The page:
Performance Characteristics of a Diesel Fuel Piloted Syngas Compression Ignition Engine
Spaeth, Christopher Thomas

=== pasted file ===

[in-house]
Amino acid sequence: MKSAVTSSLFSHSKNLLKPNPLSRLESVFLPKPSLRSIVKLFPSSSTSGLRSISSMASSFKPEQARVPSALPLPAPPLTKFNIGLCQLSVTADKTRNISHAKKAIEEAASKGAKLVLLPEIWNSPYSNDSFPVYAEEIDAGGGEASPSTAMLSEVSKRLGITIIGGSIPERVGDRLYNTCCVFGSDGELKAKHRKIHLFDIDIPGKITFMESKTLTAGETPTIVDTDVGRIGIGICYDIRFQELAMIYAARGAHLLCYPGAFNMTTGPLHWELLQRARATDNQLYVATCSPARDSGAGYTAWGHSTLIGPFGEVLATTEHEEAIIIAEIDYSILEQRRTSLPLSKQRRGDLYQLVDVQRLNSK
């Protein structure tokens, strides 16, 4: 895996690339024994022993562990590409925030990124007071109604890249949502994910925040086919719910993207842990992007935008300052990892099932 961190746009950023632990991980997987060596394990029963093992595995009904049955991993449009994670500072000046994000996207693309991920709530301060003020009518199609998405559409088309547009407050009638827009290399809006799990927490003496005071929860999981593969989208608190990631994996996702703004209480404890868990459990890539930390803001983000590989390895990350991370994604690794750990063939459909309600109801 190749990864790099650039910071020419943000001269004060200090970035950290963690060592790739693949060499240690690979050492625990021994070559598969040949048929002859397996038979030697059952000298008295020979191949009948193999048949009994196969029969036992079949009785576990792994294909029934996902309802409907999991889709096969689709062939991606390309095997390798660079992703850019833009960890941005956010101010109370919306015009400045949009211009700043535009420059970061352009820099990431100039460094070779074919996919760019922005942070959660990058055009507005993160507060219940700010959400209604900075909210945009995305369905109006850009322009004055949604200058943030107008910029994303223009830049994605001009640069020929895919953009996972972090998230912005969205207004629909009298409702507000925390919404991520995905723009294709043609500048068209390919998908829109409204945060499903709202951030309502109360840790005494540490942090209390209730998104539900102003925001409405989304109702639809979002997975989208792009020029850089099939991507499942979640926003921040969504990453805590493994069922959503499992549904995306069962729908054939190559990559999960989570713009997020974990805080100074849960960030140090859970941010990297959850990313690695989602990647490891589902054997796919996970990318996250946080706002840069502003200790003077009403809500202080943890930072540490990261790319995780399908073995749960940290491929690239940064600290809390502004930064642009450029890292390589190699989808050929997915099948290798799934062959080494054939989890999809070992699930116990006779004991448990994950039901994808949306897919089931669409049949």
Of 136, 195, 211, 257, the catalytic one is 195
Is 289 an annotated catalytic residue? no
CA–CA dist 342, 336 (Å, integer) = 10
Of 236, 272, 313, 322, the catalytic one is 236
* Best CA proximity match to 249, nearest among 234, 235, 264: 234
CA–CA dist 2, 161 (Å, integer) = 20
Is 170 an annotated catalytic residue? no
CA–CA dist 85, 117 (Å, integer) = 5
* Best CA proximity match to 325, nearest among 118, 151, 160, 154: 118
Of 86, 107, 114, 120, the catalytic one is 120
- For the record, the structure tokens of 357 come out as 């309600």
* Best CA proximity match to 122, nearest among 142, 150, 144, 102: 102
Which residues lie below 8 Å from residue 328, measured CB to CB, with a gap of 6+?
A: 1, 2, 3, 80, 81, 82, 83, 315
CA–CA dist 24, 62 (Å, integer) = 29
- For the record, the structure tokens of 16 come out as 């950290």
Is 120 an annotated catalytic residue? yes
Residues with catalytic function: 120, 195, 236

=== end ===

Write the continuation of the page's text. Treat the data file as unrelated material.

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The performance characteristics of a diesel fuel piloted syngas compression ignition engine are presented in this thesis. A stock Hatz 1D81 engine was converted to operate in dual fuel mode through the elimination of the governor system and addition of an in-cylinder pressure transducer and custom intake system to facilitate the mixing of the gaseous fuel and combustion air. The engine was run on a Superflow water brake dynamometer and benchmarked with diesel to compare against manufacturer specifications. This was followed by dual fuel operation on methane and syngas, with the results being compared through performance characteristics. When operated on methane, the engine attained higher peak in-cylinder pressures along with higher torque, power, and thermal efficiency values for equal equivalence ratios. It was necessary to use greater amounts of syngas to reach comparable results with methane due to the lower energy content of syngas. The ignition delay was greater for syngas, and the onset of knock occurred earlier with syngas in comparison to methane. The heat release, Q, was comparable for both fuels and the exhaust gas emissions were significantly lower for operation with syngas. With emphasis on clean engine operation, syngas operation proved to be viable due to its renewable nature, significantly lower exhaust gas emissions, equal heat release characteristics, and larger useable operating range when compared to methane.